Q & A with Cultured Vine Producer, Guy Barstad
Guy Barstad’s friends often complain that simply going out to coffee with him can take way too long. He’s such a known fixture in the Napa Valley that every outing entails constant greetings and conversations with people who’ve known him for years. As Cultured Vine’s Producer, Guy is probably the first face you’ll see on your Napa Valley experience, as he loves to welcome guests upon arrival with glasses of Champagne. His 40+ years in the hospitality business ensure that he can secure even the most impossible hotel and restaurant reservations for our guests.
How do you interact with Cultured Vine guests?
Christopher Scott, our Director of Concierge Services, will send me a wine-tasting itinerary and ask where I can get them into one of my favorite restaurants relatively near to their last tasting. Then I’ll phone the restaurant and brief them personally on our guests and their CV experience. I don’t call the hostess, I call the owner. The French Laundry, which can take months to reserve, I can book in a single phone call. I’ll usually request a little extra gesture, like a complimentary appetizer or dessert, or will advise about a birthday or special celebration. And our guests are always blown away when the waiter already knows about a dietary restriction – like being gluten-free – without them telling him.
What are some of the most over-the-top experiences you’ve created or witnessed with CV guests?
We can customize anything, from hosting a surprise party at a private vintner estate to creating a day-long spa experience to serving a dinner in the vineyards under the stars. And I’m always on site to ensure that every detail is attended to.
What’s your favorite aspect of your role with CV?
Just seeing the excitement on people’s faces when they know they’re doing something extraordinary that isn’t available to the typical tourist. Whether they’re tasting a flight with the winemaker at an invitation-only winery or getting into a Michelin four-star restaurant on a moment’s notice, we know the “who” and the “how.” At CV, our greatest asset is the relationships we’ve garnered over our many years in the valley. We can open doors that they can’t, and we go that one step beyond.
What are some of your own preferred hang-outs or experiences in the Napa Valley?
I love the pool at Solage on a Sunday afternoon, with food and drink service in one of the cabanas. I also love dining in some of the lesser-known restaurants in downtown Napa — a casual, obscure place where I can just be one of the guests. My friends usually make me sit with my back to the dining room, so I can’t critique anything. Forty years in the restaurant business will do that to you!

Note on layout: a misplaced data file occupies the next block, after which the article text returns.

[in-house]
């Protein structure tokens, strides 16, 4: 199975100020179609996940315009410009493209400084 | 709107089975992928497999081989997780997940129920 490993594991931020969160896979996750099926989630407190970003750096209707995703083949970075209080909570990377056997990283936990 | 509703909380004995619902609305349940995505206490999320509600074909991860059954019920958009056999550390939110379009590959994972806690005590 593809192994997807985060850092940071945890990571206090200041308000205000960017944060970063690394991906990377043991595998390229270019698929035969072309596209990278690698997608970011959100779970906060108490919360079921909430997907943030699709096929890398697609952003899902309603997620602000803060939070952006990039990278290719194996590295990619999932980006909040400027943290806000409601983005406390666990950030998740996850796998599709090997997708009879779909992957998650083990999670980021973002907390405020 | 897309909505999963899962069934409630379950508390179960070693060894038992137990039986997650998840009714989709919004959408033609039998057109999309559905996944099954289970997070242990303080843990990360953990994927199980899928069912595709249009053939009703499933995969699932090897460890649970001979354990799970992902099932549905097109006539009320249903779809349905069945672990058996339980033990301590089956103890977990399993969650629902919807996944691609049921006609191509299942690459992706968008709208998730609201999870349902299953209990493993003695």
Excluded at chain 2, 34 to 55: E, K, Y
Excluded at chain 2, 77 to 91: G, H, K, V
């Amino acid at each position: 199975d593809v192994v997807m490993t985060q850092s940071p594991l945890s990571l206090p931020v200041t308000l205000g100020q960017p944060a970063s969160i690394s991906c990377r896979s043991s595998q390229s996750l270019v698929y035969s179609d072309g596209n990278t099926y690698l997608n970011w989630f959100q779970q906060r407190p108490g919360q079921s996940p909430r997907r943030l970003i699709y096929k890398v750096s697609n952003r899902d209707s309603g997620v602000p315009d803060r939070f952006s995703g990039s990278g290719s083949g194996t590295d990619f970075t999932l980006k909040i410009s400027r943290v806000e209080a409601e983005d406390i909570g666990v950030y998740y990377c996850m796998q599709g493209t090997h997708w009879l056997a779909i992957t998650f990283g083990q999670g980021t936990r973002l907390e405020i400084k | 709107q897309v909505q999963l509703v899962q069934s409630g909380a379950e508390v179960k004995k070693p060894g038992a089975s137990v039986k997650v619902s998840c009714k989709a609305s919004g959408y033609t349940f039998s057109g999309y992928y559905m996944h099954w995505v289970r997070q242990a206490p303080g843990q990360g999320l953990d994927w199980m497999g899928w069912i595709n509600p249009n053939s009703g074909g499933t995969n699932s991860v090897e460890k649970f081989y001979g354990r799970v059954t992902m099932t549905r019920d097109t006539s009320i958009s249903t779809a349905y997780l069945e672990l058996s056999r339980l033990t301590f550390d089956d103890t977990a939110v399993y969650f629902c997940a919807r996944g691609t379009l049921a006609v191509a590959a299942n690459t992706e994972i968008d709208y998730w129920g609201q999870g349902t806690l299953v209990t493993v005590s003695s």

In your view, what sets CV apart from other tour companies?
It’s like having a back-stage pass — you just arrive and enjoy the show from the best vantage point. If I send guests to a restaurant, I can call and ask the chef to go out and say hello or sign a cookbook. At CV, we’ve made that call. And once or twice a month I’ll call around to my preferred venues to make sure my people are still in place. I need to know the new person who took a waiter or host’s place, to bring them a bottle of wine, and tell them about Cultured Vine. This business is all about relationships, so you need to remember people. I keep copious notes on all my professional relationships, as well as our guests. How’s your dog? How’s your granddaughter? By the time our guests become second-, third-, and fourth-time visitors to the Napa Valley, they’re like good friends.
What continues to amaze you about living in the Napa Valley?
When it comes to volume of tourists, we’re often compared to Disneyland, but instead of amusement park rides, we have year-round beauty, acres of vines, and a world-renowned wine industry. All the exclamation points! I’ve lived here all my life — my great-grandparents came here in the ‘30s — and I’ve been in the restaurant business since I was 14. As I washed dishes, I watched the chef, and by the time I was 16, I was cooking food at an early farm-to-table-style restaurant. I’ve waited tables, tended bar, and when I was older, I managed the front of the house. The only thing I’ve never done was own one – thank goodness!
You can read more about Guy here.
written by: Kirsten Mickelwait